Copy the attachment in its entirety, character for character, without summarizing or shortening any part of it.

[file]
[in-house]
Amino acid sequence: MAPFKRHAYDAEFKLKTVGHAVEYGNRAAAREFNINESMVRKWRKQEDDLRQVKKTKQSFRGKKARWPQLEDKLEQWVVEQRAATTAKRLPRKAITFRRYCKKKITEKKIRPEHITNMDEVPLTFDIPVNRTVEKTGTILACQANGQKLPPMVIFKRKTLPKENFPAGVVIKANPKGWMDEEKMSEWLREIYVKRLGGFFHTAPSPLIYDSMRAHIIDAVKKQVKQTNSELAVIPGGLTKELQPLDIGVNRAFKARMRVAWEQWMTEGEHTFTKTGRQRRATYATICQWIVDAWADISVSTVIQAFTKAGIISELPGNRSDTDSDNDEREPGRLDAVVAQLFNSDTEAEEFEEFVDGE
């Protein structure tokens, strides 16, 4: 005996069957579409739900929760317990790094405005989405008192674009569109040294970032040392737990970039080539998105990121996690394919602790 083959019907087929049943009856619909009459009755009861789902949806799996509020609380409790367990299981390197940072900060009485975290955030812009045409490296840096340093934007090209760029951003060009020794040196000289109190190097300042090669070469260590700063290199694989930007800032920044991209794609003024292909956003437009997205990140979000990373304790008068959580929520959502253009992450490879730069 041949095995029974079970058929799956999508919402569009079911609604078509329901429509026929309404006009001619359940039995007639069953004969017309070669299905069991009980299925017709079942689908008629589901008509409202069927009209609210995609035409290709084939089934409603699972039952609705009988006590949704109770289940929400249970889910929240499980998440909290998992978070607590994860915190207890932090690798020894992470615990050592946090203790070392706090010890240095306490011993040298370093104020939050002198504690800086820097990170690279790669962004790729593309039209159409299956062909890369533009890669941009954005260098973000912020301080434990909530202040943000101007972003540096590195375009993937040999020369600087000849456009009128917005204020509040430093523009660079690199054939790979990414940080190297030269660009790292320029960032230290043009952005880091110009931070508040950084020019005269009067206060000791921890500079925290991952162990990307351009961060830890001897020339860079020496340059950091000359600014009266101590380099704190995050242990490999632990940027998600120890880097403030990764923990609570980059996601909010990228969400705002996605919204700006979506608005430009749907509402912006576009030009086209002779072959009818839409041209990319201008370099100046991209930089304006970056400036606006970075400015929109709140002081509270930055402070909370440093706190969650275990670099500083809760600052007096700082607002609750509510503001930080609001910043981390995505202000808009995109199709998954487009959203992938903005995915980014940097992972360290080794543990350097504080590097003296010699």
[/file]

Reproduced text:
[in-house]
Amino acid sequence: MAPFKRHAYDAEFKLKTVGHAVEYGNRAAAREFNINESMVRKWRKQEDDLRQVKKTKQSFRGKKARWPQLEDKLEQWVVEQRAATTAKRLPRKAITFRRYCKKKITEKKIRPEHITNMDEVPLTFDIPVNRTVEKTGTILACQANGQKLPPMVIFKRKTLPKENFPAGVVIKANPKGWMDEEKMSEWLREIYVKRLGGFFHTAPSPLIYDSMRAHIIDAVKKQVKQTNSELAVIPGGLTKELQPLDIGVNRAFKARMRVAWEQWMTEGEHTFTKTGRQRRATYATICQWIVDAWADISVSTVIQAFTKAGIISELPGNRSDTDSDNDEREPGRLDAVVAQLFNSDTEAEEFEEFVDGE
């Protein structure tokens, strides 16, 4: 005996069957579409739900929760317990790094405005989405008192674009569109040294970032040392737990970039080539998105990121996690394919602790 083959019907087929049943009856619909009459009755009861789902949806799996509020609380409790367990299981390197940072900060009485975290955030812009045409490296840096340093934007090209760029951003060009020794040196000289109190190097300042090669070469260590700063290199694989930007800032920044991209794609003024292909956003437009997205990140979000990373304790008068959580929520959502253009992450490879730069 041949095995029974079970058929799956999508919402569009079911609604078509329901429509026929309404006009001619359940039995007639069953004969017309070669299905069991009980299925017709079942689908008629589901008509409202069927009209609210995609035409290709084939089934409603699972039952609705009988006590949704109770289940929400249970889910929240499980998440909290998992978070607590994860915190207890932090690798020894992470615990050592946090203790070392706090010890240095306490011993040298370093104020939050002198504690800086820097990170690279790669962004790729593309039209159409299956062909890369533009890669941009954005260098973000912020301080434990909530202040943000101007972003540096590195375009993937040999020369600087000849456009009128917005204020509040430093523009660079690199054939790979990414940080190297030269660009790292320029960032230290043009952005880091110009931070508040950084020019005269009067206060000791921890500079925290991952162990990307351009961060830890001897020339860079020496340059950091000359600014009266101590380099704190995050242990490999632990940027998600120890880097403030990764923990609570980059996601909010990228969400705002996605919204700006979506608005430009749907509402912006576009030009086209002779072959009818839409041209990319201008370099100046991209930089304006970056400036606006970075400015929109709140002081509270930055402070909370440093706190969650275990670099500083809760600052007096700082607002609750509510503001930080609001910043981390995505202000808009995109199709998954487009959203992938903005995915980014940097992972360290080794543990350097504080590097003296010699």